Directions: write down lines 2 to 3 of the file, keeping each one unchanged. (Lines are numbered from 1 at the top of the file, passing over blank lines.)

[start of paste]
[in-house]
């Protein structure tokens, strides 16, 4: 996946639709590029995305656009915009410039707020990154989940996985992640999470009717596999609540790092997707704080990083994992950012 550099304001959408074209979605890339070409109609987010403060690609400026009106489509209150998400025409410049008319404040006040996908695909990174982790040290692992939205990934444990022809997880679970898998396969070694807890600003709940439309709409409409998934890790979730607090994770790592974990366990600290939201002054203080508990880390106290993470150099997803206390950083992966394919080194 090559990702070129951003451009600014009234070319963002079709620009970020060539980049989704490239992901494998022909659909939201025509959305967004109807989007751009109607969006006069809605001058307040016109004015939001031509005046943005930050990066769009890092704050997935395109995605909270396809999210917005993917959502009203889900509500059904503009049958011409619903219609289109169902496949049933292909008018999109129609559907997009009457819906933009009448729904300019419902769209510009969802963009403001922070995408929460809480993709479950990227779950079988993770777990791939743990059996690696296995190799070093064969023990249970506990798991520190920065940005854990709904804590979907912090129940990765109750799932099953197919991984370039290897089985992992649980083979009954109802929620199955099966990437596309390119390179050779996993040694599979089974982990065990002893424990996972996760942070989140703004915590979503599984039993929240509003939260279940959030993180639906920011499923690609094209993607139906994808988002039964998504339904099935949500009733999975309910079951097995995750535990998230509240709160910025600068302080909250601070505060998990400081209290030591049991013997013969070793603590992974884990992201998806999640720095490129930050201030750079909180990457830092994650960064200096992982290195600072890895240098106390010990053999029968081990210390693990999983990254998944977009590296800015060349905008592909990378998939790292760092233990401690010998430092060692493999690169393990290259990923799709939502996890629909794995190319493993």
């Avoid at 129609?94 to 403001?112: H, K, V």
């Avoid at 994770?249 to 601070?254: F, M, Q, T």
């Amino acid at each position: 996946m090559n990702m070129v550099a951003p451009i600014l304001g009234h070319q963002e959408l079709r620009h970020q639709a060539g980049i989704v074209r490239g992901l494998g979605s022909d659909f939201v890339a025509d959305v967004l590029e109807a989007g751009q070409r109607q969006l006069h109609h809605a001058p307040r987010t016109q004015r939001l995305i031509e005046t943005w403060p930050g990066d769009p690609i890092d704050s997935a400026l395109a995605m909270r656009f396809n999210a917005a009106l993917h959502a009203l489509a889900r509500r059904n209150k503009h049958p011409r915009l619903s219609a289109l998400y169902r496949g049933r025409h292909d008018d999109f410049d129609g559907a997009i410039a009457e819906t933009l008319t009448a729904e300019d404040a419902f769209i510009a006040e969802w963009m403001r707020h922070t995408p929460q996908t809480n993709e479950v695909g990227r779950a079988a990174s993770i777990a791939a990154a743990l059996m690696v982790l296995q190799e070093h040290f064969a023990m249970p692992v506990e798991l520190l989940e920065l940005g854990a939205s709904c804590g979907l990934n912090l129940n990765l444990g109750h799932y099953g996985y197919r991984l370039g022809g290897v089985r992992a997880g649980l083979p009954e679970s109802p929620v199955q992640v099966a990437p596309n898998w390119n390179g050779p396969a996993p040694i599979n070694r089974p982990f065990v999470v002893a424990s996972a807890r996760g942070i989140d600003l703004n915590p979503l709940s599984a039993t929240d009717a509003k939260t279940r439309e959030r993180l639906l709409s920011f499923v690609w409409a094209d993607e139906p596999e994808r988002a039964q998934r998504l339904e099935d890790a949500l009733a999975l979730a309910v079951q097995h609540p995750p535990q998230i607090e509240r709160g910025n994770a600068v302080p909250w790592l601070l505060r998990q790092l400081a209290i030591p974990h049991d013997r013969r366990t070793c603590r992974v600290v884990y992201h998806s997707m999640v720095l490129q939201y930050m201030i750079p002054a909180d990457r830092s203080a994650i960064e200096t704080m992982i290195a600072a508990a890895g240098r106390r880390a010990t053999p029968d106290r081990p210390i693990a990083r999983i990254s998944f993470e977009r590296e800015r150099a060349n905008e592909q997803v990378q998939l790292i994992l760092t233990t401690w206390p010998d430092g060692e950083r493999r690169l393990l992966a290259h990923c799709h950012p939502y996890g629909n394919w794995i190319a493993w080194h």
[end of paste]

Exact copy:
């Protein structure tokens, strides 16, 4: 996946639709590029995305656009915009410039707020990154989940996985992640999470009717596999609540790092997707704080990083994992950012 550099304001959408074209979605890339070409109609987010403060690609400026009106489509209150998400025409410049008319404040006040996908695909990174982790040290692992939205990934444990022809997880679970898998396969070694807890600003709940439309709409409409998934890790979730607090994770790592974990366990600290939201002054203080508990880390106290993470150099997803206390950083992966394919080194 090559990702070129951003451009600014009234070319963002079709620009970020060539980049989704490239992901494998022909659909939201025509959305967004109807989007751009109607969006006069809605001058307040016109004015939001031509005046943005930050990066769009890092704050997935395109995605909270396809999210917005993917959502009203889900509500059904503009049958011409619903219609289109169902496949049933292909008018999109129609559907997009009457819906933009009448729904300019419902769209510009969802963009403001922070995408929460809480993709479950990227779950079988993770777990791939743990059996690696296995190799070093064969023990249970506990798991520190920065940005854990709904804590979907912090129940990765109750799932099953197919991984370039290897089985992992649980083979009954109802929620199955099966990437596309390119390179050779996993040694599979089974982990065990002893424990996972996760942070989140703004915590979503599984039993929240509003939260279940959030993180639906920011499923690609094209993607139906994808988002039964998504339904099935949500009733999975309910079951097995995750535990998230509240709160910025600068302080909250601070505060998990400081209290030591049991013997013969070793603590992974884990992201998806999640720095490129930050201030750079909180990457830092994650960064200096992982290195600072890895240098106390010990053999029968081990210390693990999983990254998944977009590296800015060349905008592909990378998939790292760092233990401690010998430092060692493999690169393990290259990923799709939502996890629909794995190319493993």
């Avoid at 129609?94 to 403001?112: H, K, V």